Two of Tom’s features for Texas Monthly, where he served as a senior editor, led to significant reforms in the Houston Police Department: the September 1977 cover story “New Gang in Town,” which documented abuses in the use of deadly force, and “The Throwdown” (August 1979), which focused on the quest of the father of one victim to seek out the truth of his son’s death at the hands of the Houston police. The latter was made into a 1981 movie for CBS, “The Killing of Randy Webster,” directed by Sam Wanamaker, starring Hal Holbrook and Dixie Carter and praised by the New York Times as “a good many cuts above average.” Looking into a mysterious “biocatalyst” used to clean up the Exxon Valdez oil spill led Tom to the story of Jim Martin, the retired railroad fireman and self-taught inventor who apparently developed the elixir from cow manure in the 1950s. Tom’s account appeared in the June 1990 issue of Texas Monthly as “The Old Man and the Secret.”
Some of Tom’s writing, such as the March 1988 Texas Monthly cover story “Lifestyles of the Rich and Bankrupt,” reflected his arch sense of humor. His most prized heirloom was an address book in which his parents had inscribed dozens of naughty limericks, alphabetized by the last word of each first line.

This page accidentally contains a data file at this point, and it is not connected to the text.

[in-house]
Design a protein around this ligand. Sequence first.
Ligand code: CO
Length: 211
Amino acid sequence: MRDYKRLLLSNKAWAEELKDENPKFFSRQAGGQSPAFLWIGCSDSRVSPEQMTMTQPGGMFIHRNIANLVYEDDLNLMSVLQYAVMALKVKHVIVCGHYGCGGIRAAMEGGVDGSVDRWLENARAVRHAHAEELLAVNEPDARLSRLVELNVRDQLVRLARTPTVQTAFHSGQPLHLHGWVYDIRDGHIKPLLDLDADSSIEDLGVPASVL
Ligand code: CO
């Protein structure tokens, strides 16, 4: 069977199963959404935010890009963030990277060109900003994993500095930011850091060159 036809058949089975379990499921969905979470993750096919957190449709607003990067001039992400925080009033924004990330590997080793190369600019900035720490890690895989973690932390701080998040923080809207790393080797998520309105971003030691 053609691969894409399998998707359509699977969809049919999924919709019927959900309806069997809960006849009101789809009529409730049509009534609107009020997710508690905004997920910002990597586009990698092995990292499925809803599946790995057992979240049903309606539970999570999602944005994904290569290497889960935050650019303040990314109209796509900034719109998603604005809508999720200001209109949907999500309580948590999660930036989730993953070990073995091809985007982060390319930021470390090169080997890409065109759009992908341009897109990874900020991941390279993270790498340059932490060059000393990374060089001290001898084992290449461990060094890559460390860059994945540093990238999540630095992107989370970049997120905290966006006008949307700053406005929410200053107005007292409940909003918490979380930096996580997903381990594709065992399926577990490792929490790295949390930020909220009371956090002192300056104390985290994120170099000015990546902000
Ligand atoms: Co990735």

In addition to co-founding Houston City Magazine and serving as its editor three times, Tom edited the magazine of the University of Texas Medical Branch (UTMB), translating scientific research into lucid lay terms. As much impact as his own writing had, Tom was proudest of the journalists he mentored, many of whom went on to work for major media outlets. In recognition of both his own achievements and those of the writers he mentored, Tom was inducted into the Texas Institute of Letters. Tom is survived by his devoted long-term companion, Victoria Narkin; his brother, Michael Curtis; his niece, Renee Kealey; his nephews, Matthew Curtis-Maury and Michael Tillerson; his cousins, Cecile King and Nick Zindler; his second cousins, Catherine Cavazos, Liz Foreman, John King and Chandra McLaughlin; his ex-wife, Sandy Sheehy; his lifelong friend, Nancy Schneider Heller; and numerous other friends and admirers.